The national government is an integral aspect of South Africa’s government, as it is the sphere which makes a whole lot of things happen in the country. You should be aware already that here, government is divided into National, Provincial and Local. However, the roles of national government in South Africa are very crucial and vast.
Roles Of National Government In South Africa
The responsibilities of the National Government in South Africa has been spelt out in the Constitution. Like others, the national government have a political and administrative arm, where laws and policies are created, and where government services are provided and laws implemented.
So, basically, the roles of national government in South Africa revolves around creating laws and setting policies for the nation. It is also saddled with the responsibility of providing services that are categorised under national competencies. An example of this has to do with the issuing of ID books.
National government in South Africa is constitutionally divided into 3 branches:
1. The Legislature
2. The Executive
3. The Judiciary.
1. The Legislature
Also known as Parliament, it is duly saddled with the responsibilities of making laws and policies for the country. They are also constitutionally equipped to hold the government accountable, and thus are very significant.
And just as it is available at the provincial legislatures and the local councils all around the country, the Parliament is made up of those elected as representatives by citizens of the country.
We can break this down to:
A. National Assembly
B. National Council of Provinces (these ones stands for the interests of provinces)
The major function of Parliament is located in the area of Law-making. Amidst the three spheres of national government in South Africa, this is the one the Constitution vested the legislative authority upon.
The National Assembly therefore, can consider and pass any legislation. They can amend and reject any legislation during sessions. The power conferred on the National Assembly can be expressed in the area of initiating and preparations of legislation.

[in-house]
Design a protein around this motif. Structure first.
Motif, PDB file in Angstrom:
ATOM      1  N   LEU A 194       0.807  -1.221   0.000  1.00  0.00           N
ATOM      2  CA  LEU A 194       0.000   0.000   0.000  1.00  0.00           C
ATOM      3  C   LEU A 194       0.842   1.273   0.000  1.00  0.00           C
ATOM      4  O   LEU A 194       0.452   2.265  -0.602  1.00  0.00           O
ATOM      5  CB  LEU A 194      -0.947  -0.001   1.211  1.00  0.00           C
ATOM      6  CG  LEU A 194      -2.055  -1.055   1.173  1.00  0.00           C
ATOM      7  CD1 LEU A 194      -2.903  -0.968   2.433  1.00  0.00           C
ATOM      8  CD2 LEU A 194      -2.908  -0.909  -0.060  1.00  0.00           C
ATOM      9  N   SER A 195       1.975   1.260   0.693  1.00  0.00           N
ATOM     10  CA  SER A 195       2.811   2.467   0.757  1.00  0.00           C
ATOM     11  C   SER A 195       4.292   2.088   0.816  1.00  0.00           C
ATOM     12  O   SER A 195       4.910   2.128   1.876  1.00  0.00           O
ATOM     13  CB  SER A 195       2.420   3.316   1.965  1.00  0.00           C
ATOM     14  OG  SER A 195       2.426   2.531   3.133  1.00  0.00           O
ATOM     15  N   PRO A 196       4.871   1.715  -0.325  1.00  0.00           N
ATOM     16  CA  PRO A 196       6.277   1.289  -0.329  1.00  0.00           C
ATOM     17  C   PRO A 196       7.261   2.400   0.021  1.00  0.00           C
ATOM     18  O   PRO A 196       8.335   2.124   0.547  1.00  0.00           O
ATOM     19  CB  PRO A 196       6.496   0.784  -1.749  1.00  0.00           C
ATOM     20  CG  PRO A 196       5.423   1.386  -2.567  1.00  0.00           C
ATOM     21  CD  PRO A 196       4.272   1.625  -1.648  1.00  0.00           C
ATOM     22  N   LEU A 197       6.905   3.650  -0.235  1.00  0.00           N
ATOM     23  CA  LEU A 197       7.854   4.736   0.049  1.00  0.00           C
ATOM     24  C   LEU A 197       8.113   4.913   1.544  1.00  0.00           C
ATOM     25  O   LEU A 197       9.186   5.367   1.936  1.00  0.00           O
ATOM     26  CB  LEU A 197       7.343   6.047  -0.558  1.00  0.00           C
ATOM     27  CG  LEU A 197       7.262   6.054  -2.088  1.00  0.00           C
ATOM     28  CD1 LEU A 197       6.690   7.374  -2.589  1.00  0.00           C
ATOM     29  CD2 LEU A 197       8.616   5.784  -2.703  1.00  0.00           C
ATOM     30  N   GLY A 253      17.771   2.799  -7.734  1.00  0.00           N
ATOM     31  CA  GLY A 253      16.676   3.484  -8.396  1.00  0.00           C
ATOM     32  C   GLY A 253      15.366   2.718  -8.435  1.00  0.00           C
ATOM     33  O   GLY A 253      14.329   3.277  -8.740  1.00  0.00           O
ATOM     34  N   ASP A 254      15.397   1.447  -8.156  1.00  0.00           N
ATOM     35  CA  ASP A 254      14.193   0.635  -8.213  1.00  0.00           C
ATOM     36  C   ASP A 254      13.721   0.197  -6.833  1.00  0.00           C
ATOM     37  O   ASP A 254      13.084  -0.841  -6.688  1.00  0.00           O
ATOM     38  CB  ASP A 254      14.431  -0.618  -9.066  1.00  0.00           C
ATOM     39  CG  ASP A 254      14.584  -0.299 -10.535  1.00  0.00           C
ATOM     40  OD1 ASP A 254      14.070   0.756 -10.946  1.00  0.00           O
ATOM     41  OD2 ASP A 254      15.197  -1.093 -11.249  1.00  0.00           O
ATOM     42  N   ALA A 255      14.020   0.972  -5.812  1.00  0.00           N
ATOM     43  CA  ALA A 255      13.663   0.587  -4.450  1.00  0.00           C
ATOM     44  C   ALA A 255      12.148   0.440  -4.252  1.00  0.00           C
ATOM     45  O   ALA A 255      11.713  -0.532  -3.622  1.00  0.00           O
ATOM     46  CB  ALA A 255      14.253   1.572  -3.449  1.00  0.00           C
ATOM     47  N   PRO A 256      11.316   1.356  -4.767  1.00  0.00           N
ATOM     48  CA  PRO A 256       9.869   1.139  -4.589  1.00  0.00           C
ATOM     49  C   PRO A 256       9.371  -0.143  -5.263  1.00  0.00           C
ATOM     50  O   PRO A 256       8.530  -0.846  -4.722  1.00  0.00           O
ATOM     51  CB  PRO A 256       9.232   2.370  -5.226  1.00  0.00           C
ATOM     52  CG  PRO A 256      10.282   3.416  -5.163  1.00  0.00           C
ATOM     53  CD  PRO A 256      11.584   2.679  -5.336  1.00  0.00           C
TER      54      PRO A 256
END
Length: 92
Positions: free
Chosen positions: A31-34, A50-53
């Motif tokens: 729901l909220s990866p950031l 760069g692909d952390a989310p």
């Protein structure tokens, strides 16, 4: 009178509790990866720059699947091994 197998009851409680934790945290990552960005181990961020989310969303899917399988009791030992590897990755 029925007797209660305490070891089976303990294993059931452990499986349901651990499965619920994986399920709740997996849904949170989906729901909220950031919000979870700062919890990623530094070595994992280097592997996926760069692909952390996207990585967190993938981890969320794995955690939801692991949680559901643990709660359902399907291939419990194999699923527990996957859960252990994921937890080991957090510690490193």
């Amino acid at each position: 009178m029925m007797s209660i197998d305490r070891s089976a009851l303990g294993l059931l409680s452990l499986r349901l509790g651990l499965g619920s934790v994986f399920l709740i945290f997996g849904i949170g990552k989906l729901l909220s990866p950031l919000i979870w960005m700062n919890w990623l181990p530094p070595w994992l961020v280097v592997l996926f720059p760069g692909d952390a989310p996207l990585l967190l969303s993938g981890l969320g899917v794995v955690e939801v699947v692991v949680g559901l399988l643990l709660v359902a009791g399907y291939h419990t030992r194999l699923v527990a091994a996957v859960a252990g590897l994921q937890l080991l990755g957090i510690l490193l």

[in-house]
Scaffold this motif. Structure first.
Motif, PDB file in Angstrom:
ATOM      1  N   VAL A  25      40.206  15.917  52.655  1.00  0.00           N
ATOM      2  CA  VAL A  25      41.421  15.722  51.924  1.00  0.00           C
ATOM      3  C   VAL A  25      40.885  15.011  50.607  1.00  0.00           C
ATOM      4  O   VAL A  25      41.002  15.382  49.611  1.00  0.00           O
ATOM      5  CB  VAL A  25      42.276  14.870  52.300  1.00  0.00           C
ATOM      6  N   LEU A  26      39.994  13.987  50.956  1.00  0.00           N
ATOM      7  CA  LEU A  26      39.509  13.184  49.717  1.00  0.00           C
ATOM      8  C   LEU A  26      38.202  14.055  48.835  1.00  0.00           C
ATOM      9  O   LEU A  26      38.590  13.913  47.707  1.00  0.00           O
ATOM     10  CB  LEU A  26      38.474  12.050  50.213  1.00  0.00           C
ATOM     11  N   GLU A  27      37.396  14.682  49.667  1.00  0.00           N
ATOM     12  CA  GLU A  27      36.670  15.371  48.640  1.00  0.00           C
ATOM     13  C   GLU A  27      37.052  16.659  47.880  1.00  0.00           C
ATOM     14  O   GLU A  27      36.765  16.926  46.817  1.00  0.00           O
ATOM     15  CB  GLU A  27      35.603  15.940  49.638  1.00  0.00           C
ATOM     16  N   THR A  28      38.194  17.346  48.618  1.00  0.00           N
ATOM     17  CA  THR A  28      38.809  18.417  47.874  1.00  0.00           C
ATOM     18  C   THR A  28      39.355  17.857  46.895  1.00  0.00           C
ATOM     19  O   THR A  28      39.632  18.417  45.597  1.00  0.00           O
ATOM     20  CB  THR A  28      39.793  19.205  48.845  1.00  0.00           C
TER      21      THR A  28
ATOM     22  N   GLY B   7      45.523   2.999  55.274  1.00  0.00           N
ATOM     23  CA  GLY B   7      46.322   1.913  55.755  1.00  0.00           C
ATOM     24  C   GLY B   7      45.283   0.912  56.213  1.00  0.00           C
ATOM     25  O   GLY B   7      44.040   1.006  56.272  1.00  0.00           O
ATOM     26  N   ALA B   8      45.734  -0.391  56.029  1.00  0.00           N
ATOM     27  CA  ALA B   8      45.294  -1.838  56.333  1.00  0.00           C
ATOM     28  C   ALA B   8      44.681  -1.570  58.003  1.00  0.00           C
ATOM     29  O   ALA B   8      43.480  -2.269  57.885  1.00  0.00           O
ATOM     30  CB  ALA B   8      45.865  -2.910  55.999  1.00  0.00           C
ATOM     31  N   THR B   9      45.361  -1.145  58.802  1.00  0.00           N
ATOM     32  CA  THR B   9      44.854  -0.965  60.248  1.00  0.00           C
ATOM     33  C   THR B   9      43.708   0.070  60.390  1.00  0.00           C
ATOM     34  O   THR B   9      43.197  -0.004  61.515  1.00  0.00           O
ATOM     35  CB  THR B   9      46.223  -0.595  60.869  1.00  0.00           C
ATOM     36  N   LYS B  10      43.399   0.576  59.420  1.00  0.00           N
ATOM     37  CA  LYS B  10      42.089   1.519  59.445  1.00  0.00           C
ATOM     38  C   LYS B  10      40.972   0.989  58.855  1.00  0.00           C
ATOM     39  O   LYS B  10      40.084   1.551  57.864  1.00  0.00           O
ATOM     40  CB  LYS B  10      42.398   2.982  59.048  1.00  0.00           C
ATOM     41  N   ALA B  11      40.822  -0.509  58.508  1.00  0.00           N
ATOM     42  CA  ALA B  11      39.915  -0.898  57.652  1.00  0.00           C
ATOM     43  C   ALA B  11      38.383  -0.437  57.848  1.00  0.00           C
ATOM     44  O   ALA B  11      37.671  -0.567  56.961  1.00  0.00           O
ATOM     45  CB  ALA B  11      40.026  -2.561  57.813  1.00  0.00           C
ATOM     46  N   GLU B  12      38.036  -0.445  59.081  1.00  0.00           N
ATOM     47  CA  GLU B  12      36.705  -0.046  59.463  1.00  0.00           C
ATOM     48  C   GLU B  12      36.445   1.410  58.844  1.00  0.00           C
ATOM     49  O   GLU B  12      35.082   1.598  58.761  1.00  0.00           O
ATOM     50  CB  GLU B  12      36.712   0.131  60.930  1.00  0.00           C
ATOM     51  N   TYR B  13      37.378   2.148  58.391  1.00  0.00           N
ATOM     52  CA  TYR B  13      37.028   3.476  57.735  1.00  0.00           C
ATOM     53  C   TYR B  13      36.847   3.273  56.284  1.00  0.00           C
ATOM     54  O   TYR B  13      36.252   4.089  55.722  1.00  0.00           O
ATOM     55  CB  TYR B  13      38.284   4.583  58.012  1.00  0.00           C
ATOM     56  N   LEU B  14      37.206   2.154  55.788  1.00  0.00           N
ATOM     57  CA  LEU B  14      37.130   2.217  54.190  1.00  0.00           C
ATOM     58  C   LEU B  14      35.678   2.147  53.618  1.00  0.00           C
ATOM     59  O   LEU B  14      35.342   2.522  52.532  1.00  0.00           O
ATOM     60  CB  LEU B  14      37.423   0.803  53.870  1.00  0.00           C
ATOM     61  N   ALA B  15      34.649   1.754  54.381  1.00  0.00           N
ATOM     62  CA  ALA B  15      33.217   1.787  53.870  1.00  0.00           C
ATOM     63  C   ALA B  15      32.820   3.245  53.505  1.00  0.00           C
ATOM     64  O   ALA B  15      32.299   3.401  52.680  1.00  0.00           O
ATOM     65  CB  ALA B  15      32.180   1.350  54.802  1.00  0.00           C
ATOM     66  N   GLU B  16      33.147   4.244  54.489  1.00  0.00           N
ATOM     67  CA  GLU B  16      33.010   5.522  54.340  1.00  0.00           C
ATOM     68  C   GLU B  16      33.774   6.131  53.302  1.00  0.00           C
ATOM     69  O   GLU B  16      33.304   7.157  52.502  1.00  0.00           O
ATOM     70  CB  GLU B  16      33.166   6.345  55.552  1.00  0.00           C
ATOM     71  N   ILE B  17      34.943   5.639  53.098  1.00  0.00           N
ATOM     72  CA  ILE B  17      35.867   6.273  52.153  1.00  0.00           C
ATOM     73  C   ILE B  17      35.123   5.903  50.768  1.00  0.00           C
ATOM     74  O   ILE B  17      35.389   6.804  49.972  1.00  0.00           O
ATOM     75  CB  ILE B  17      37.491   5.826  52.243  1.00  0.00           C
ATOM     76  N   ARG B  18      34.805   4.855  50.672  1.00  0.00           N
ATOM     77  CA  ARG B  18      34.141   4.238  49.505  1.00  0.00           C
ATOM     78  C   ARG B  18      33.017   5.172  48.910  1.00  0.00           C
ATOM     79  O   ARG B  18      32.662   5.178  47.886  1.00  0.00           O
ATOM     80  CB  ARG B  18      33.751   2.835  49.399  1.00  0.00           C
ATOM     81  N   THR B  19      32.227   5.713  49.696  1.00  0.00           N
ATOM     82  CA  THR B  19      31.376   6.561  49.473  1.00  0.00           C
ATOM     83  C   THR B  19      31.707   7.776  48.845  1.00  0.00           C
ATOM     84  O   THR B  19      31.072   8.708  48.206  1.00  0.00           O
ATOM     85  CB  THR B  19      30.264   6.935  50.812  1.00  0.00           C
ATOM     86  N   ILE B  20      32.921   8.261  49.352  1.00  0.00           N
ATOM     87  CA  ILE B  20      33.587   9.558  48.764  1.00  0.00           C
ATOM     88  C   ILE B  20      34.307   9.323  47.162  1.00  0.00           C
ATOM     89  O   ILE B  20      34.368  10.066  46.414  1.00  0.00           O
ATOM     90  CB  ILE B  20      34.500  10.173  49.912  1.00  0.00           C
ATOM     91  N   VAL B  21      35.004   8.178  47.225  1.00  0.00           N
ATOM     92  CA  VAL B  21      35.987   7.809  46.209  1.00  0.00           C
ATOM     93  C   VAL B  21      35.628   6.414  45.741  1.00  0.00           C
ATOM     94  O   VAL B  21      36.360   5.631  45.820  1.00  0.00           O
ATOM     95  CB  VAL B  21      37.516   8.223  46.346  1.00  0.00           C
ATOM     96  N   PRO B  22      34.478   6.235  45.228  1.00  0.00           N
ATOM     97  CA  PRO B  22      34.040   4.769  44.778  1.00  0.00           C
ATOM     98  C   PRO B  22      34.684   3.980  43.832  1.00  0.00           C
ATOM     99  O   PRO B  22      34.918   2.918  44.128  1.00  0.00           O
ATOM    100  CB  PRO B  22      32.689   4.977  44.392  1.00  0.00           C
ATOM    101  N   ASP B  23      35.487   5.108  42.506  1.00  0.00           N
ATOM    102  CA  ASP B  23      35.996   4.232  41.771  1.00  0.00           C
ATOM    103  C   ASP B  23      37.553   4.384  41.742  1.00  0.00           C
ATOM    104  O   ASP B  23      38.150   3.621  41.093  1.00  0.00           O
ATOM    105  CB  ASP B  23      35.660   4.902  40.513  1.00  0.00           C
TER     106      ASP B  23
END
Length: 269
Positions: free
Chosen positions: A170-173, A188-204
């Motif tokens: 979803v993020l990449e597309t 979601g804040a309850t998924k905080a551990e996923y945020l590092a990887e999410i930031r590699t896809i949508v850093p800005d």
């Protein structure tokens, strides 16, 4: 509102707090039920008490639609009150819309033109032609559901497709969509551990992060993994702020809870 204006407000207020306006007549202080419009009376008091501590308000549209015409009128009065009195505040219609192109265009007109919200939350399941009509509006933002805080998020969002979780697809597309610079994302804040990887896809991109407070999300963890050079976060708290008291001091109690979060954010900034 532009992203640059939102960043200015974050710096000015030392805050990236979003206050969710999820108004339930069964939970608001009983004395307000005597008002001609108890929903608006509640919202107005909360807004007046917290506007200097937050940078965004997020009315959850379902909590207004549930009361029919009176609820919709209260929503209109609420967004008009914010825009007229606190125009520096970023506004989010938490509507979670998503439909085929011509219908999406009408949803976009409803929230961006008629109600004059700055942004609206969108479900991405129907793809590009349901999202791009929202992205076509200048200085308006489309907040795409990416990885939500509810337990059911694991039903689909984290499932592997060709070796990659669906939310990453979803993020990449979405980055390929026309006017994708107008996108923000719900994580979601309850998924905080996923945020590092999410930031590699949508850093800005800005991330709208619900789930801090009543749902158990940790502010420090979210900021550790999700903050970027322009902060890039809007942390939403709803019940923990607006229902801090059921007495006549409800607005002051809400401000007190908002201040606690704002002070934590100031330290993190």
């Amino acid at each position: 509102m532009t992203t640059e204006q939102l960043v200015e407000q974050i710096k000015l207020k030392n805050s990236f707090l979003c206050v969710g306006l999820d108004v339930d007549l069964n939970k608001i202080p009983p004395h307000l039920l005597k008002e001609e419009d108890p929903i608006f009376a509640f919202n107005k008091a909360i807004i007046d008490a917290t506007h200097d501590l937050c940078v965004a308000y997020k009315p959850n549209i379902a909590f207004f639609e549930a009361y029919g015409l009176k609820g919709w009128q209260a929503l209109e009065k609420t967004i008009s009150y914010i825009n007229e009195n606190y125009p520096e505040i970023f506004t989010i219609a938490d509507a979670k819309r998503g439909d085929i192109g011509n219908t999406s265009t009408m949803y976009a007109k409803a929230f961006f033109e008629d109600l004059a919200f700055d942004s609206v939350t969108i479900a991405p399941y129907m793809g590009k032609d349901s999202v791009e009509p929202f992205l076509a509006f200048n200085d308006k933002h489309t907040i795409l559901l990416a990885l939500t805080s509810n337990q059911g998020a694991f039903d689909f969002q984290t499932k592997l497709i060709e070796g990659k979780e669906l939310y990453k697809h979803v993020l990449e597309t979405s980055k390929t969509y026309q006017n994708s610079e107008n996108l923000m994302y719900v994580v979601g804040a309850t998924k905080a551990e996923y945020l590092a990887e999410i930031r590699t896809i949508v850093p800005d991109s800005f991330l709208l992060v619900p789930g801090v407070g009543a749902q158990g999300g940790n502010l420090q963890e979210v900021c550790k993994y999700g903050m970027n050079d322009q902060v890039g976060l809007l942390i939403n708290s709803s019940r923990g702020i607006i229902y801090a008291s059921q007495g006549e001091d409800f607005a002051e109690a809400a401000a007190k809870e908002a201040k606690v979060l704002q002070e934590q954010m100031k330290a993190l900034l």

The National Council of Provinces in South Africa also carries the authority to consider, pass, amend, propose amendments or reject any legislation before the council by its members who are elected to represent the people. They have the power to initiate or prepare legislation that is within the boundaries of functional area listed in Schedule 4 of the Constitution or other legislation referred to in section 76(3), except Money Bills
The Legislature is very powerful in the country because it represents the people (who runs into their millions). It is indeed the government by the people, as they are only expected to do what the people that elected them wants them to do.
2. Executive Arm
Consisting of the President and Cabinet, their particular job is to govern the country, making them a very pivotal arm in the affairs of South Africa. We can break this down to:
A. The President (who is the first citizen of the country)
C. Government departments
Let’s start with the Presidency, which is the executive manager of government. This is the apex of the government system, and is thus a very powerful one.
It is made up of eight political principals, led by the President of the country (an elected officer who is both the Head of State and Government). This follows by the Deputy President, the second citizen of the country. In Parliament, they act as the Leader of Government Business.
Then, we can talk about the Minister in The Presidency, The Minister in The Presidency for Women, Youth and Persons with Disabilities, The Deputy Minister in The Presidency for Women, Youth and Persons with Disabilities, Two Deputy Ministers in The Presidency, as well as The Deputy Minister in The Presidency for State Security.
The President of South Africa is the Head of the Cabinet. Elected by the National Assembly, they function as the Head of State, and must lead South Africa as granted him or her by the country’s Constitution and the law, in the interest of national unity.
The President has the liberty to select his or her Deputy, but should be from among the members of the National Assembly. Their role is to assist the President in executing government responsibilities. Also, the President appoints the Ministers and Deputy Ministers, to serve in their different roles.
Also, the Constitution gives the President the liberty to choose any number of ministers from the members of the National Assembly. If he or she decides to appoint from outside the assembly, then it should not be more than two.
What comes to mind is the Courts. They simply upholds the laws in the land, and will ensure they won’t be tampered with. It must be that everyone, irrespective of who they are, must be under the boundaries of the law (in other words, no one should be above the law).
We can break this down to:
A. Constitutional Court
B. Supreme Court of Appeal
C. High courts
D. Magistrate courts
E. Specific matters (child justice courts; small claims courts; labour courts, and so on.)
When it comes to the judiciary, we will talk about the body of judges and magistrates that sit in the courts in the country. One of the beautiful things about them is that they are pretty independent when it comes to government.
The judiciary is only subject to the Constitution of the country, and they are saddled with the responsibility of interpreting the law. While independent from other arms of government in South Africa, it utilises as the basis of its interpretation the laws that were enacted by the South African Parliament.
Indeed, the roles of national government in South Africa are very crucial and vast and versatile, and are coordinated towards the progress of the whole country.